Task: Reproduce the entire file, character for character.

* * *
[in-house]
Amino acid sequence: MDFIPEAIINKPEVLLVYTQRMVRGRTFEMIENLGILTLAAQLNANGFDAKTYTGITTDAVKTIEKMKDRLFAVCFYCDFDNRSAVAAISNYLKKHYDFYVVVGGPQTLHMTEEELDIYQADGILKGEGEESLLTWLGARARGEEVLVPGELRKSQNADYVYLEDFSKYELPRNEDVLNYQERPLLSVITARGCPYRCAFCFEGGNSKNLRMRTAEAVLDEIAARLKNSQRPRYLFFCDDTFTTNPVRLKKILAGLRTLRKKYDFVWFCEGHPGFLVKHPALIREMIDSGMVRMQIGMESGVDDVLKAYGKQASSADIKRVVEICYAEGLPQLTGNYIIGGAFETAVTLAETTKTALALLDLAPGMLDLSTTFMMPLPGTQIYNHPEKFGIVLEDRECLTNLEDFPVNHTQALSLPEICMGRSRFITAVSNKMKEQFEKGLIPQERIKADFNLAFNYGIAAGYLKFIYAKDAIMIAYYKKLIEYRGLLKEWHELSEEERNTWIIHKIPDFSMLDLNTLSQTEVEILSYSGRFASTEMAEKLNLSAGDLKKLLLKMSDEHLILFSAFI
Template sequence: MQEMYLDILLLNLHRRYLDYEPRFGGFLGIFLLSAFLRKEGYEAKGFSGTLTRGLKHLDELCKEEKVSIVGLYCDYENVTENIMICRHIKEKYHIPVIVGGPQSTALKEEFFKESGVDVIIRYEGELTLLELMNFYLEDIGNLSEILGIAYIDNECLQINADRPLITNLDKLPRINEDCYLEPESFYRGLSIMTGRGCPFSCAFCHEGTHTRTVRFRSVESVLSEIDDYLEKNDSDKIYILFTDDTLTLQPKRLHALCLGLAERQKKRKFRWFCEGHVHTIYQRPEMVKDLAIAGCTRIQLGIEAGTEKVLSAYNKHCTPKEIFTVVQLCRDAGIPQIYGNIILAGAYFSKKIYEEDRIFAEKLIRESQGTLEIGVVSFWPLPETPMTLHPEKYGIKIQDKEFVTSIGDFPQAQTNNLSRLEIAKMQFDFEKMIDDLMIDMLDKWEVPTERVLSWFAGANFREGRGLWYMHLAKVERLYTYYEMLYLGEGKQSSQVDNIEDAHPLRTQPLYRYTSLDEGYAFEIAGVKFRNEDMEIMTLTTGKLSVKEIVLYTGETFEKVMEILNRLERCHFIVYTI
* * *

[in-house]
Amino acid sequence: MDFIPEAIINKPEVLLVYTQRMVRGRTFEMIENLGILTLAAQLNANGFDAKTYTGITTDAVKTIEKMKDRLFAVCFYCDFDNRSAVAAISNYLKKHYDFYVVVGGPQTLHMTEEELDIYQADGILKGEGEESLLTWLGARARGEEVLVPGELRKSQNADYVYLEDFSKYELPRNEDVLNYQERPLLSVITARGCPYRCAFCFEGGNSKNLRMRTAEAVLDEIAARLKNSQRPRYLFFCDDTFTTNPVRLKKILAGLRTLRKKYDFVWFCEGHPGFLVKHPALIREMIDSGMVRMQIGMESGVDDVLKAYGKQASSADIKRVVEICYAEGLPQLTGNYIIGGAFETAVTLAETTKTALALLDLAPGMLDLSTTFMMPLPGTQIYNHPEKFGIVLEDRECLTNLEDFPVNHTQALSLPEICMGRSRFITAVSNKMKEQFEKGLIPQERIKADFNLAFNYGIAAGYLKFIYAKDAIMIAYYKKLIEYRGLLKEWHELSEEERNTWIIHKIPDFSMLDLNTLSQTEVEILSYSGRFASTEMAEKLNLSAGDLKKLLLKMSDEHLILFSAFI
Template sequence: MQEMYLDILLLNLHRRYLDYEPRFGGFLGIFLLSAFLRKEGYEAKGFSGTLTRGLKHLDELCKEEKVSIVGLYCDYENVTENIMICRHIKEKYHIPVIVGGPQSTALKEEFFKESGVDVIIRYEGELTLLELMNFYLEDIGNLSEILGIAYIDNECLQINADRPLITNLDKLPRINEDCYLEPESFYRGLSIMTGRGCPFSCAFCHEGTHTRTVRFRSVESVLSEIDDYLEKNDSDKIYILFTDDTLTLQPKRLHALCLGLAERQKKRKFRWFCEGHVHTIYQRPEMVKDLAIAGCTRIQLGIEAGTEKVLSAYNKHCTPKEIFTVVQLCRDAGIPQIYGNIILAGAYFSKKIYEEDRIFAEKLIRESQGTLEIGVVSFWPLPETPMTLHPEKYGIKIQDKEFVTSIGDFPQAQTNNLSRLEIAKMQFDFEKMIDDLMIDMLDKWEVPTERVLSWFAGANFREGRGLWYMHLAKVERLYTYYEMLYLGEGKQSSQVDNIEDAHPLRTQPLYRYTSLDEGYAFEIAGVKFRNEDMEIMTLTTGKLSVKEIVLYTGETFEKVMEILNRLERCHFIVYTI